I welcome additional feedback, links, options, and articles that you found/find helpful and interesting.
It’s time to think about your birth options and what you want out of your experience. A great way to know this is to take a quiet moment, perhaps in the tub, with candles lit and a glass of sparkling grape juice. Let your mind wander and then ask yourself – how do I envision my birth? Dream up as many details as possible.. now start to consider how you can make this happen in the place of birth you have chosen. This is a great way to start working on writing a birth plan.
A birth plan is a GREAT way to facilitate good communication with your birth team before labor even begins. So, your homework this week is to start writing out your birth plan. I broke the email down into sections, much like what you might see in a typical birth plan. The Pre-labor section is for your education and your/my conversation, I recommend only putting in a birth plan what happens once you get to your care provider - as that is when they typically have access to it. Try to keep your birth plan short and sweet, with a positive voice, less than a page long, and not a list of "DON'T"s. Be open minded as birth is as organic as you are... and let's get researching!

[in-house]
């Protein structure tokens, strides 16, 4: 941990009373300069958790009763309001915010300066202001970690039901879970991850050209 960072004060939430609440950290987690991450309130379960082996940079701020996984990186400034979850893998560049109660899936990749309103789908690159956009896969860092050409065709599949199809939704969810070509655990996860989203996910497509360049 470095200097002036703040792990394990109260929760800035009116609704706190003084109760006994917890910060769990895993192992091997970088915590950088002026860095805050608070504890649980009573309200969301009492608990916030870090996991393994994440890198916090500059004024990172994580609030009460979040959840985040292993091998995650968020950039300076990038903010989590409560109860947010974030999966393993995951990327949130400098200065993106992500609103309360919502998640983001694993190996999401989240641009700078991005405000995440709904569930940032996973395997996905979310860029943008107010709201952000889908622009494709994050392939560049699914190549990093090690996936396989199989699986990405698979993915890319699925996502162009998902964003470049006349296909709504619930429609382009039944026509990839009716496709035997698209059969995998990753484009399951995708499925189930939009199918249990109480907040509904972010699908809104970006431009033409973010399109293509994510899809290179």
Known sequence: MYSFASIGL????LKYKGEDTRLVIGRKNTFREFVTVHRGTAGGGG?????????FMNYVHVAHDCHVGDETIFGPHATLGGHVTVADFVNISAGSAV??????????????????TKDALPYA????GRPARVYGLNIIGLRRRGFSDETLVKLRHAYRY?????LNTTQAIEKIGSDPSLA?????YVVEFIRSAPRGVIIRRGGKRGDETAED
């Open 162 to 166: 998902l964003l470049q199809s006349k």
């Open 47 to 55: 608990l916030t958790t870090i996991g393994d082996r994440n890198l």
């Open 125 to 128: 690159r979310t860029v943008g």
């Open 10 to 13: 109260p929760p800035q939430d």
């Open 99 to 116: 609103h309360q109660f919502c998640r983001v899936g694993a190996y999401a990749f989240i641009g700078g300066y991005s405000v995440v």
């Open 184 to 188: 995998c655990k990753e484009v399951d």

- Due Dates - the average for first time moms is 41 weeks and 1 day. Maternal family history, how many prior children she has, and other health matters come into play as well.
- Cervical Checks in Pregnancy - oftentimes done from week 36 and on to establish 'baseline' before labor begins